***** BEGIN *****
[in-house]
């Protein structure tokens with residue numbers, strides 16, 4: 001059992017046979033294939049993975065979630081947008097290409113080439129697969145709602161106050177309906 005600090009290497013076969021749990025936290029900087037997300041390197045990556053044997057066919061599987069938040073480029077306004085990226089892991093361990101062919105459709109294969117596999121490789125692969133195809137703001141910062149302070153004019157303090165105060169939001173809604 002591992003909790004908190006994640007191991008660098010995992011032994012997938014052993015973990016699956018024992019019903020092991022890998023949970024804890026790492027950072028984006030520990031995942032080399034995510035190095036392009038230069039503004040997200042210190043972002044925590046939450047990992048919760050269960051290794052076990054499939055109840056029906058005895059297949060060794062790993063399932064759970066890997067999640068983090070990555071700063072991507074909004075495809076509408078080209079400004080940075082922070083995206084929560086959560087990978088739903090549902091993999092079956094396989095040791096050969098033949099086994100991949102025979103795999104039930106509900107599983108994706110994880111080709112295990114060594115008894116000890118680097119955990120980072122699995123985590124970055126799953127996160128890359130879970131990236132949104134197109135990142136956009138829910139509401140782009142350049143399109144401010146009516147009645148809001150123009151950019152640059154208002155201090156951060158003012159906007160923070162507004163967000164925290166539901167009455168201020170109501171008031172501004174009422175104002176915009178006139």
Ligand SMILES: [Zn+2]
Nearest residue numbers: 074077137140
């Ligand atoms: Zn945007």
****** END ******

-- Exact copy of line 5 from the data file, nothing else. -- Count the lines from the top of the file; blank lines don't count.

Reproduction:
């Ligand atoms: Zn945007």